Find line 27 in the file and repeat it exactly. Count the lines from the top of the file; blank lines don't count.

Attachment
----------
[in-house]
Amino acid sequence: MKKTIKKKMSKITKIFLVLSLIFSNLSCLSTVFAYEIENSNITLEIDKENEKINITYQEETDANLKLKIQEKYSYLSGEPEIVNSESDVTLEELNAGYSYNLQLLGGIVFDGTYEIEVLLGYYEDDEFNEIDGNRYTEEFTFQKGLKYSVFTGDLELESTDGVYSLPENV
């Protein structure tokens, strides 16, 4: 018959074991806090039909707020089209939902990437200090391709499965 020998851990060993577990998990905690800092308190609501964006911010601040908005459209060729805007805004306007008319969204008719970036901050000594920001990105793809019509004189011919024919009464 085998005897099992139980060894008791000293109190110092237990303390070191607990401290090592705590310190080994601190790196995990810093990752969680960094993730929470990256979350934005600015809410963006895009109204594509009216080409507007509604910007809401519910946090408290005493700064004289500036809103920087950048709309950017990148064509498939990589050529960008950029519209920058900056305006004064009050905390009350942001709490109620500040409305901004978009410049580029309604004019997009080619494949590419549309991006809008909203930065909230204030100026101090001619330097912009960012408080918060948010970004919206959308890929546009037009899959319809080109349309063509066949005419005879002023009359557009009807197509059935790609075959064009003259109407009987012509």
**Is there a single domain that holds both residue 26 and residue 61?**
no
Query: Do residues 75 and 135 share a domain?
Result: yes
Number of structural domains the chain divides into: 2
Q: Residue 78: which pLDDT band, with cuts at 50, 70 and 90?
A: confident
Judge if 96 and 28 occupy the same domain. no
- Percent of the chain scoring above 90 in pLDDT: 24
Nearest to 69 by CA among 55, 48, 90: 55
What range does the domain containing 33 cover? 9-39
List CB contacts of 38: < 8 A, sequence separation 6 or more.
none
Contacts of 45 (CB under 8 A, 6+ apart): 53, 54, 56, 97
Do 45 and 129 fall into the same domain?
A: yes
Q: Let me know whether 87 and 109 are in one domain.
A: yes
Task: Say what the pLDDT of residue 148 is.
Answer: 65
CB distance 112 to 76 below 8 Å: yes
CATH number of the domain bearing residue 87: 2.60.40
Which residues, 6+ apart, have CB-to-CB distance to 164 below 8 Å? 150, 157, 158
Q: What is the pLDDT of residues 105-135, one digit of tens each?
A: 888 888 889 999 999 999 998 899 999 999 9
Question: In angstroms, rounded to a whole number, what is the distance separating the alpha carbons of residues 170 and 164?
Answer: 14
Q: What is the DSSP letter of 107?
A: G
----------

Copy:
Q: What is the pLDDT of residues 105-135, one digit of tens each?